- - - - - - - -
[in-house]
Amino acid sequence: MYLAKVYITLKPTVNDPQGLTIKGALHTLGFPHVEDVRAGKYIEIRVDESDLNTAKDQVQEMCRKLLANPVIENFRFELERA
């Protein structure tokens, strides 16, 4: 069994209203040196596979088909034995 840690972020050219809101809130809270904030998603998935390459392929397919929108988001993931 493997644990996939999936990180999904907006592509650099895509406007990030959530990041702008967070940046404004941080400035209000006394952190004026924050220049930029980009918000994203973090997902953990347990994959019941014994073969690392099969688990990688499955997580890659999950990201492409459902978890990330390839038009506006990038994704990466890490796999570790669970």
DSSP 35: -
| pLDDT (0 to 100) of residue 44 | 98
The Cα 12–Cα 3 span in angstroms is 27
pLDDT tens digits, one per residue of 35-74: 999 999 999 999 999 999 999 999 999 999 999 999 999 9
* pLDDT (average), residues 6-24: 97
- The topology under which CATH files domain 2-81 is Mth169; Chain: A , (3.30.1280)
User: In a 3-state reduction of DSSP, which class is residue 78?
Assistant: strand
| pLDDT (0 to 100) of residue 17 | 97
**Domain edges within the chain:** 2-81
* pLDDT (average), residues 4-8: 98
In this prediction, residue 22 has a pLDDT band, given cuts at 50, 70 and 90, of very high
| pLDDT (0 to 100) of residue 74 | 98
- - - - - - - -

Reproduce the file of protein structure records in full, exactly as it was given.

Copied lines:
[in-house]
Amino acid sequence: MYLAKVYITLKPTVNDPQGLTIKGALHTLGFPHVEDVRAGKYIEIRVDESDLNTAKDQVQEMCRKLLANPVIENFRFELERA
């Protein structure tokens, strides 16, 4: 069994209203040196596979088909034995 840690972020050219809101809130809270904030998603998935390459392929397919929108988001993931 493997644990996939999936990180999904907006592509650099895509406007990030959530990041702008967070940046404004941080400035209000006394952190004026924050220049930029980009918000994203973090997902953990347990994959019941014994073969690392099969688990990688499955997580890659999950990201492409459902978890990330390839038009506006990038994704990466890490796999570790669970």
DSSP 35: -
| pLDDT (0 to 100) of residue 44 | 98
The Cα 12–Cα 3 span in angstroms is 27
pLDDT tens digits, one per residue of 35-74: 999 999 999 999 999 999 999 999 999 999 999 999 999 9
* pLDDT (average), residues 6-24: 97
- The topology under which CATH files domain 2-81 is Mth169; Chain: A , (3.30.1280)
User: In a 3-state reduction of DSSP, which class is residue 78?
Assistant: strand
| pLDDT (0 to 100) of residue 17 | 97
**Domain edges within the chain:** 2-81
* pLDDT (average), residues 4-8: 98
In this prediction, residue 22 has a pLDDT band, given cuts at 50, 70 and 90, of very high
| pLDDT (0 to 100) of residue 74 | 98